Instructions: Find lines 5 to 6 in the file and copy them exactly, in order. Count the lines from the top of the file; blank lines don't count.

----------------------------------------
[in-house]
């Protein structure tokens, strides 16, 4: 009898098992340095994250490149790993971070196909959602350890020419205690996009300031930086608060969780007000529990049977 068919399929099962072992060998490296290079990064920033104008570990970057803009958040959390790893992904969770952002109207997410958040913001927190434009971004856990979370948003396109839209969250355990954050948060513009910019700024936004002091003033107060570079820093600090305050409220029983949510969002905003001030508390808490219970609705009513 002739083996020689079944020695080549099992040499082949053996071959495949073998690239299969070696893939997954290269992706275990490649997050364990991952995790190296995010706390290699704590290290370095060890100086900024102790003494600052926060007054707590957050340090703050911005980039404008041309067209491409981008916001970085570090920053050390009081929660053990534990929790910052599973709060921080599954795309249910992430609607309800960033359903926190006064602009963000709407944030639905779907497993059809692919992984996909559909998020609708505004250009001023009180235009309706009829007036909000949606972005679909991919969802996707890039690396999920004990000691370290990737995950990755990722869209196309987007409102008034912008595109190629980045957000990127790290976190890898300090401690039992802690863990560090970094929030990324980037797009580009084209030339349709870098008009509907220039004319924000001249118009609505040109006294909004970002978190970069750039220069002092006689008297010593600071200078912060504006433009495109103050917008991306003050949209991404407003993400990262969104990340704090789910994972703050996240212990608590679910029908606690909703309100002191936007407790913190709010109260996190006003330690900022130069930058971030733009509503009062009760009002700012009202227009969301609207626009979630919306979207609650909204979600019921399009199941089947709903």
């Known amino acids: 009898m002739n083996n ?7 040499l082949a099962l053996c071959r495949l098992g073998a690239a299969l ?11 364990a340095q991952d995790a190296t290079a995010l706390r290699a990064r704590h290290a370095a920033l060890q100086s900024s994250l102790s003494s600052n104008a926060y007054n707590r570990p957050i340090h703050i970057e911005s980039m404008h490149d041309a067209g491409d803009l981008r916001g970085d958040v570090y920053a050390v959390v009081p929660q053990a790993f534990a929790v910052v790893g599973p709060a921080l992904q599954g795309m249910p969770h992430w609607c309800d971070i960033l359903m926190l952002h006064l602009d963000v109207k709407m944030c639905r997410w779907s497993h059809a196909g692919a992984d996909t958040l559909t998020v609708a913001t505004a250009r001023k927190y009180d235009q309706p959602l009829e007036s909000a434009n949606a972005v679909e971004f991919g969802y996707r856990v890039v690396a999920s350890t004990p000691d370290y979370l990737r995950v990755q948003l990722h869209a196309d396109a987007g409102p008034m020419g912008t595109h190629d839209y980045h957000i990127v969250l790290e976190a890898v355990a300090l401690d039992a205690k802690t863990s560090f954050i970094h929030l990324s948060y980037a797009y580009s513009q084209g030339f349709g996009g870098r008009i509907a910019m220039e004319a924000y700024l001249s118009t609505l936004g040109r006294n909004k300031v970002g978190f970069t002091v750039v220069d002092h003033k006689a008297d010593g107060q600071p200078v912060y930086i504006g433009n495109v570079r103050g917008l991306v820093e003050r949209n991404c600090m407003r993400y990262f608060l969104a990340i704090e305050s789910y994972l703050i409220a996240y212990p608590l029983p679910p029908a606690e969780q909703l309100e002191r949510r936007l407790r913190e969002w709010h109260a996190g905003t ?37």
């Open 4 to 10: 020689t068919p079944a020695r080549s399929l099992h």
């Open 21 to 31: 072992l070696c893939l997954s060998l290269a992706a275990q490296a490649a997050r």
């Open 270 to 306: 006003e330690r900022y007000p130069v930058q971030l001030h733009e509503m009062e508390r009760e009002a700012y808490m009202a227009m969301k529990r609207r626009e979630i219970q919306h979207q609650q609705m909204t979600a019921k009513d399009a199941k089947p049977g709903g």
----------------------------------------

């Open 21 to 31: 072992l070696c893939l997954s060998l290269a992706a275990q490296a490649a997050r």
């Open 270 to 306: 006003e330690r900022y007000p130069v930058q971030l001030h733009e509503m009062e508390r009760e009002a700012y808490m009202a227009m969301k529990r609207r626009e979630i219970q919306h979207q609650q609705m909204t979600a019921k009513d399009a199941k089947p049977g709903g």